Melinda: I feel like what you’re articulating is this very familiar struggle for me which is, “Is my life interesting and do I dare lay claim to the capital ‘L’, Latinx experience?”
Alexis: Right, which I don’t claim at all—I’m just now turning a corner where I can finally claim my experience, which is a world populated with badass Latinas who make the rules and are successful. More
The first performances of Laughs in Spanish are next week, with Pay-What-You-Can Previews (min. $10) on 2/21 and 2/22! Tickets
Award-winning playwright and Adjunct Assistant Professor Melinda Lopez talks with Laughs in Spanish playwright Alexis Scheer about process, what’s next, and finding her voice.
Melinda: Talk to me about 'Laughs in Spanish'. Where are you in your process?
Alexis: Ready for an audience! It’s hard to develop comedies without them—they’re their own character. So I’m at the point in my process where I try to stop touching the play and just let it set for a moment. I’ve had my hands on it for a while now. We read the first full draft December 2017. Then I did a significant rewrite last summer, where I basically wrote a new play with the characters and world I had created in the first draft. More
Third-year MFA playwright Kira Rockwell's The Tragic Ecstasy of Girlhood has been awarded top prize in The Bridge Initiative: Women in Theatre's second Bechdel Test Fest! The play was BPT's season opener last fall. Congratulations!
Part two of my conversation with Winter People playwright Laura Neill about her play, collaboration, and the challenges along the way.
I love what you said about collaboration, about the end result belonging to the whole team of artists behind it. At what point in your process is it useful to pull others in? Are there times when collaboration/feedback is less useful, and you’d rather be left to your own devices?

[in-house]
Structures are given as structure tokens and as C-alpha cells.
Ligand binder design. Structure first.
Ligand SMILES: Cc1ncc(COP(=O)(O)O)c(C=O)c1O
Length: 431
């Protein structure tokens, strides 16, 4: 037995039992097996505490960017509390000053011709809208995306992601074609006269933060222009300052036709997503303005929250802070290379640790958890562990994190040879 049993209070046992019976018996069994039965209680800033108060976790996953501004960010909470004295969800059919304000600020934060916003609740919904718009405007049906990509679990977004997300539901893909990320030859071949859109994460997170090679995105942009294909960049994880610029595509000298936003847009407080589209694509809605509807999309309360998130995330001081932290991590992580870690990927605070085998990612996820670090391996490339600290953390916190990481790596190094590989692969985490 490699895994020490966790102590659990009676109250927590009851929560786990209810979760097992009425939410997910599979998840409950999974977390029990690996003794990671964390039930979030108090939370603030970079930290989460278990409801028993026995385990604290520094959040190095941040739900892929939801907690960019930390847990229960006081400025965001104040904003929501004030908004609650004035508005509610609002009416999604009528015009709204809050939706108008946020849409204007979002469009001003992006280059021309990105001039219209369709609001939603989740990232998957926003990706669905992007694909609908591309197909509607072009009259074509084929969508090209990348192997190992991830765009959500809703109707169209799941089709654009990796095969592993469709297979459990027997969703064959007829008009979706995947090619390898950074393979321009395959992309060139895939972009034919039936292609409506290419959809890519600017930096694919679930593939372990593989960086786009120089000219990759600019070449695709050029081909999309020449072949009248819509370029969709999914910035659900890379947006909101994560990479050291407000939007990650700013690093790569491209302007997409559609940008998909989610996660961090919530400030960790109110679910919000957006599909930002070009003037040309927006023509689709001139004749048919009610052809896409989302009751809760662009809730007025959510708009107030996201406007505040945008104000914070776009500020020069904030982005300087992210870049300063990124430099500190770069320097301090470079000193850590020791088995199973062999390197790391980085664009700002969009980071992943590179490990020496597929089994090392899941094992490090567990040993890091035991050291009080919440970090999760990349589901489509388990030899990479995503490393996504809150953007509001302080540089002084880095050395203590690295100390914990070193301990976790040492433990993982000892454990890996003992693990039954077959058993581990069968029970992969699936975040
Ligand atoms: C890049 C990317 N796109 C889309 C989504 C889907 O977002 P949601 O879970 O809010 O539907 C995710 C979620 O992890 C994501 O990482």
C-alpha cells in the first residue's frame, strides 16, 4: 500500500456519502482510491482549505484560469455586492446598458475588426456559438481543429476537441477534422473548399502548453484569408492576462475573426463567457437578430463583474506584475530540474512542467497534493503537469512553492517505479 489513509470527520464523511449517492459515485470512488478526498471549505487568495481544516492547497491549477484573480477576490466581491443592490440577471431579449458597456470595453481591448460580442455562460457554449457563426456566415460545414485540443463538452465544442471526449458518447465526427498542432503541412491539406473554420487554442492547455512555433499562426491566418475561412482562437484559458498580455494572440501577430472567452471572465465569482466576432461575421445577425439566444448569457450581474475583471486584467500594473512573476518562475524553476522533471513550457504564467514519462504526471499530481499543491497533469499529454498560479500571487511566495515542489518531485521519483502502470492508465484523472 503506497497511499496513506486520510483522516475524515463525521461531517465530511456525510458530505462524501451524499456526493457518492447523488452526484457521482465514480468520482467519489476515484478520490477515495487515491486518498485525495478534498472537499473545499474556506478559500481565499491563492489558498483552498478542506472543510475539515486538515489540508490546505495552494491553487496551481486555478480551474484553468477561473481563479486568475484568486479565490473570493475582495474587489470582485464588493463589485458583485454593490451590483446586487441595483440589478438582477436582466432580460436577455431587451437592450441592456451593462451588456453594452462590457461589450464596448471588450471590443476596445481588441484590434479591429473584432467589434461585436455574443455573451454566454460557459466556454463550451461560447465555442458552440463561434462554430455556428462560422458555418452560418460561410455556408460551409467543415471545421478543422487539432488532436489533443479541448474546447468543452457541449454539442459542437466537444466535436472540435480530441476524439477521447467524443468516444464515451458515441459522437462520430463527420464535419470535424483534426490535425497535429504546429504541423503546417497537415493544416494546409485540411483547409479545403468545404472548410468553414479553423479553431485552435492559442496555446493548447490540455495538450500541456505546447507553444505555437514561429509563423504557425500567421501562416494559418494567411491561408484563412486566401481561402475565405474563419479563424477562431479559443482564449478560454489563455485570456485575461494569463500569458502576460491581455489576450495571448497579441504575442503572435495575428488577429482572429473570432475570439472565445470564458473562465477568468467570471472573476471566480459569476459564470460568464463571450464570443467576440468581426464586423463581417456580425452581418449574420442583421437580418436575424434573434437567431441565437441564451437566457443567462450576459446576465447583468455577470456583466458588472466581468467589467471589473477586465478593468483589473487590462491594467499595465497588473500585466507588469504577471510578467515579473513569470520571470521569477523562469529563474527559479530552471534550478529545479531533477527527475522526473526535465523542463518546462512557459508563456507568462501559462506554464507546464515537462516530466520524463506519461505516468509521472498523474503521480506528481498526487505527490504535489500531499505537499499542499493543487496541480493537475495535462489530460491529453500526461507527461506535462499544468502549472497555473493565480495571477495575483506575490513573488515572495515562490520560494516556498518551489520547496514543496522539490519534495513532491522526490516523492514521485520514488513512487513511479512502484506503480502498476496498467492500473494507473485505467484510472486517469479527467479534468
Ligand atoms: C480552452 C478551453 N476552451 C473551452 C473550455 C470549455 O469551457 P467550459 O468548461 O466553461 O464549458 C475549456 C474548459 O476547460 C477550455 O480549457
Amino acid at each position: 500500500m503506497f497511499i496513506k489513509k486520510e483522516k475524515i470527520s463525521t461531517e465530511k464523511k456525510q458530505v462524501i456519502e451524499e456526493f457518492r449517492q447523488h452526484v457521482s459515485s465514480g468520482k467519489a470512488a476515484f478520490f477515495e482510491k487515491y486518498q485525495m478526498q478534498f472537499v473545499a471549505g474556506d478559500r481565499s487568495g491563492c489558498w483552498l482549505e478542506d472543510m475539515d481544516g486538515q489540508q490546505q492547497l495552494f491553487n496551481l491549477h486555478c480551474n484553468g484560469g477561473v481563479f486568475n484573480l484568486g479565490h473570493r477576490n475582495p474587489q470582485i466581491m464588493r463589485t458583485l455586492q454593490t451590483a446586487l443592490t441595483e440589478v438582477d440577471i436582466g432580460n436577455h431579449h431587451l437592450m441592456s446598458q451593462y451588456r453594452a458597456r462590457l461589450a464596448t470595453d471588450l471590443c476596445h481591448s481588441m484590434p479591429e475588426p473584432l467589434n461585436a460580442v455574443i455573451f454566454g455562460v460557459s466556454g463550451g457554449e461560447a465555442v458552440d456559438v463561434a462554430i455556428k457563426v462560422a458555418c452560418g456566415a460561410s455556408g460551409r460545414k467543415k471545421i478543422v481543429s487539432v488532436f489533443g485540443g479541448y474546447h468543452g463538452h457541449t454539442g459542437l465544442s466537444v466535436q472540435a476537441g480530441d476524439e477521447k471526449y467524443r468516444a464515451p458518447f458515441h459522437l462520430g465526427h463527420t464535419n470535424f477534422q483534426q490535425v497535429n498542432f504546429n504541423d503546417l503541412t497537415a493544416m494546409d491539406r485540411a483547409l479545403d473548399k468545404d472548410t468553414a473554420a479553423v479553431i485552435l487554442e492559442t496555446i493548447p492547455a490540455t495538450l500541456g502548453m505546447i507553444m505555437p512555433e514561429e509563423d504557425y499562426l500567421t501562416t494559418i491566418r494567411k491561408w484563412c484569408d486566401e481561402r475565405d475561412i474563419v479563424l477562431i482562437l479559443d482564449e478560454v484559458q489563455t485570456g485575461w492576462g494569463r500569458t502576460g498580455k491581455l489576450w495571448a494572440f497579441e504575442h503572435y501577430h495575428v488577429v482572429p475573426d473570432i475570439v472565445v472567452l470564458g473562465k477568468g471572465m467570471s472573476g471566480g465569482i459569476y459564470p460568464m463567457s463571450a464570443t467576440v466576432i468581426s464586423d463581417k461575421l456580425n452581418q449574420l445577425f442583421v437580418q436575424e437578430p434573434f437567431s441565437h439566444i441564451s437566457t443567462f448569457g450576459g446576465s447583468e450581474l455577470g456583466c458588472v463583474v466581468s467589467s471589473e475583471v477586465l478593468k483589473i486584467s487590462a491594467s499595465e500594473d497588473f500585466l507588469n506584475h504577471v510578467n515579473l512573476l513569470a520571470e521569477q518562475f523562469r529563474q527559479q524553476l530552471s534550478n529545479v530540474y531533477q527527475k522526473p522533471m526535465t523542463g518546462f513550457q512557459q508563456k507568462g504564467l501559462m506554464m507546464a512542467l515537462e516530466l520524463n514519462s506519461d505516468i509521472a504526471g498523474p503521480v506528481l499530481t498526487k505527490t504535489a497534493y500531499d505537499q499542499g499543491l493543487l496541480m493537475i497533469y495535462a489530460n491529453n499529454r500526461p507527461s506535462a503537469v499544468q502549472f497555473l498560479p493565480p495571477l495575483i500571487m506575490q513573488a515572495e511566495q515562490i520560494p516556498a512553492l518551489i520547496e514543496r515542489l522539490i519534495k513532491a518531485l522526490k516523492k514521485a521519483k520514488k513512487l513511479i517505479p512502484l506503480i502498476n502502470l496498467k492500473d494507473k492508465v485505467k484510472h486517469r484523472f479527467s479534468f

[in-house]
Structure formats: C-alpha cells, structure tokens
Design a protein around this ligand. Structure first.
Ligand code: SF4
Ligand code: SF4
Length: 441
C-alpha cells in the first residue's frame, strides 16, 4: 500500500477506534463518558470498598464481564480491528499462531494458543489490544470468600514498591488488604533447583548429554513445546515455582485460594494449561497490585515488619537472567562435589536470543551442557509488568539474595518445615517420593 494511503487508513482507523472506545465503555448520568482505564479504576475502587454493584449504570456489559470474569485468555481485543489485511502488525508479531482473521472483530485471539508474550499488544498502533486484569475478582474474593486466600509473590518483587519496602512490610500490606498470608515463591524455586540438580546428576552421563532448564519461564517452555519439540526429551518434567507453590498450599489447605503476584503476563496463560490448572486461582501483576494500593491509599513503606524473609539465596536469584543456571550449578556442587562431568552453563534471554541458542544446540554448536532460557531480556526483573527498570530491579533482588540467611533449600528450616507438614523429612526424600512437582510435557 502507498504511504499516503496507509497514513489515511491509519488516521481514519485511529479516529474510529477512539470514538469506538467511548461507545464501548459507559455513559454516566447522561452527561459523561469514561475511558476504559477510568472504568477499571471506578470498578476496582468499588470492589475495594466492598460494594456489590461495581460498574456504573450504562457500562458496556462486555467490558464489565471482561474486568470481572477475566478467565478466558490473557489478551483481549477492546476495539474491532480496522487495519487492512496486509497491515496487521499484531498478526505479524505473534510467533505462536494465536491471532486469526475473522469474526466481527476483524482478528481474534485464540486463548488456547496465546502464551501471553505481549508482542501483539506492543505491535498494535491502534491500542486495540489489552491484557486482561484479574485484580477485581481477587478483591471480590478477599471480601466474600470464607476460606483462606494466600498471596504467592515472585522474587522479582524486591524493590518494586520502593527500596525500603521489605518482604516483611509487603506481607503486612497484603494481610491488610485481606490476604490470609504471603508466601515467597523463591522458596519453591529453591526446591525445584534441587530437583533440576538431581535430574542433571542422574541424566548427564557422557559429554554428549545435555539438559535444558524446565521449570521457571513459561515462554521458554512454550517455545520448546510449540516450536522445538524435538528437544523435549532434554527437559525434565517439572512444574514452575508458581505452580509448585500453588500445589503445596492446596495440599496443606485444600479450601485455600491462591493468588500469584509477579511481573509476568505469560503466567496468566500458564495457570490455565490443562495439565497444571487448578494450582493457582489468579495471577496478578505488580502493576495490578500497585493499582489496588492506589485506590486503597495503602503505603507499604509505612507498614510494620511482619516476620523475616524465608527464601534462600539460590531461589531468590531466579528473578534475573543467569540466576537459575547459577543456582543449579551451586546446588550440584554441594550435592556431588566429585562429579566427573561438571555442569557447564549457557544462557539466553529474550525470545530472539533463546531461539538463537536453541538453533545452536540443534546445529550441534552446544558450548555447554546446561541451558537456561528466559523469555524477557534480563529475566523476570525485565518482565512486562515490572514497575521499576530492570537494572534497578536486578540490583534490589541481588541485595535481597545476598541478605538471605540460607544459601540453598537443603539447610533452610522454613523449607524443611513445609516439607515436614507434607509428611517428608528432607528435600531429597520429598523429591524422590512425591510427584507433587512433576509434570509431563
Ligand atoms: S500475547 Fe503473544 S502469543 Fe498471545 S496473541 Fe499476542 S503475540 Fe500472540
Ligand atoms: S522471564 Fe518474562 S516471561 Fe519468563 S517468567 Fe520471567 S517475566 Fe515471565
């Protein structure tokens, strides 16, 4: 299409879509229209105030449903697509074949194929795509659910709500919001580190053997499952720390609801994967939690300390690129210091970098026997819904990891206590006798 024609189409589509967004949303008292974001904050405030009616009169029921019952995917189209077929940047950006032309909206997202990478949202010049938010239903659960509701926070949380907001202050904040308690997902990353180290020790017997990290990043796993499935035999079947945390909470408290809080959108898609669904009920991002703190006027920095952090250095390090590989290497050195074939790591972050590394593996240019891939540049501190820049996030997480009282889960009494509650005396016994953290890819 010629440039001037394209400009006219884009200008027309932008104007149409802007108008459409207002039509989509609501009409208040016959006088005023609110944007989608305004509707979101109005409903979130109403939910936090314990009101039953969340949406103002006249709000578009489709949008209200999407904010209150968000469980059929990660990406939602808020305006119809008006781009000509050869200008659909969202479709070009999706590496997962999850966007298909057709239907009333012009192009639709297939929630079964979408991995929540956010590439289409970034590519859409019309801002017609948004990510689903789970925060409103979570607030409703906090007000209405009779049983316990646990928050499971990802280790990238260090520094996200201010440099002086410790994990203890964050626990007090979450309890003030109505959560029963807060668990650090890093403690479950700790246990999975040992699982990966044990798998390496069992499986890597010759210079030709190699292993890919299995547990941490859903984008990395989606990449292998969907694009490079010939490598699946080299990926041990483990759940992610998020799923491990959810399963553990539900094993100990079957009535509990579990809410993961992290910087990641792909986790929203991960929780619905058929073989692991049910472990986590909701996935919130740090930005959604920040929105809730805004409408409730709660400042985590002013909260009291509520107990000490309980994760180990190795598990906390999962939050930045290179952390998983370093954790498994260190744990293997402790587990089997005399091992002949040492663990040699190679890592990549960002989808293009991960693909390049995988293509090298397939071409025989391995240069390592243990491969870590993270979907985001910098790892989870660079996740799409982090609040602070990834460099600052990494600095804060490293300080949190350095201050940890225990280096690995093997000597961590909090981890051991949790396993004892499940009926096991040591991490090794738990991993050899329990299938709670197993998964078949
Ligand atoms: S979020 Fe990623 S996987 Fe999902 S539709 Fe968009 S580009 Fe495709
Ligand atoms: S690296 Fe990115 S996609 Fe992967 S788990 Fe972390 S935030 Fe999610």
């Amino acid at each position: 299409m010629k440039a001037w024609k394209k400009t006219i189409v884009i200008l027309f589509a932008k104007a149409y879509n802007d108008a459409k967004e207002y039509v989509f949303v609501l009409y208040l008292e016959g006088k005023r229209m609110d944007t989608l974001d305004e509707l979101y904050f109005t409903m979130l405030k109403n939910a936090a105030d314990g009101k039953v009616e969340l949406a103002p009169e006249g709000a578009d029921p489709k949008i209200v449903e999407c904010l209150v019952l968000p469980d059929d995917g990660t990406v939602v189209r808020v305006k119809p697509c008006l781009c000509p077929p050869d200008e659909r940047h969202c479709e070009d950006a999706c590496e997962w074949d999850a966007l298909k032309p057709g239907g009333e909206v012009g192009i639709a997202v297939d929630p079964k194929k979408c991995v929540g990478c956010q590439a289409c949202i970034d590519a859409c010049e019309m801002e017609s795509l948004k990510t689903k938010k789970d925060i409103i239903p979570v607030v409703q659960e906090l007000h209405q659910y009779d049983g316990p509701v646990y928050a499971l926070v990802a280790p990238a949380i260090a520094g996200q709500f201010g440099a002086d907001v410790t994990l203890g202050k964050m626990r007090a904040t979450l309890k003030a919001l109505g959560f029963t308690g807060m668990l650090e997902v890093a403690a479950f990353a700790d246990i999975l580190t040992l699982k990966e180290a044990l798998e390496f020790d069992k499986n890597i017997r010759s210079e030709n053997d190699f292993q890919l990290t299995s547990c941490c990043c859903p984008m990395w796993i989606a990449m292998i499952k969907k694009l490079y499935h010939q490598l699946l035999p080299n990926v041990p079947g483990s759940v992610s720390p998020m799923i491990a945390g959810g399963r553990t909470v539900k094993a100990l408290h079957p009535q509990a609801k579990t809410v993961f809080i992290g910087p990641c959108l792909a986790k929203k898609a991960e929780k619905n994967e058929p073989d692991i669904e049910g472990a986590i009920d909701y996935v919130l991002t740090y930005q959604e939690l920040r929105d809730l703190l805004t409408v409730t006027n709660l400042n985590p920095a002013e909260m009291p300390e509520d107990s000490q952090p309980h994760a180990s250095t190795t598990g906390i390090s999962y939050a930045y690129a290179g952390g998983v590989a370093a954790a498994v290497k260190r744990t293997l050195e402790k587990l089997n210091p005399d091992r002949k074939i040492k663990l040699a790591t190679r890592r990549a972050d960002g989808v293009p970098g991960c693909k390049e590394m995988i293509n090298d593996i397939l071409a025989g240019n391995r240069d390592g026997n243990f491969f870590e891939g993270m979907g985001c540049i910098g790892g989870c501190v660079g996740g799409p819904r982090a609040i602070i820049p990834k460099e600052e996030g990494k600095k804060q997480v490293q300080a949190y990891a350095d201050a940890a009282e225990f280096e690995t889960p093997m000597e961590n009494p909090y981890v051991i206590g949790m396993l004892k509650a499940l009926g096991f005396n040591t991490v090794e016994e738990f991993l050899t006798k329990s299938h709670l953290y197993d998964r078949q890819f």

I like to barrel through the first draft on my own and just get the thing out there. But beyond that I like to hear it out loud and get responses to key questions right away—there’s so much great information in actors’ choices! I like to use a modified Liz Lerman model for feedback at the beginning, where we start with things that stick out to listeners and then progress to a few key questions.
I think I work best when I have time alone followed by collab time followed by time alone followed by collab time, all in relatively quick succession… I need total quiet to write, so stepping back and internalizing things is important in between rehearsals. But I need that connection and collaboration to see what’s working and what isn’t! More
Review from The New England Theatre Geek
Winter People and playwright Laura Neill aren’t taking any of your establishment bullshit. This play challenges how we view play production. It takes great risk with even greater success. It is well written and should be viewed by as many developing and established artists as possible. It breaks rules and shows us why these traditional rules are should be broken.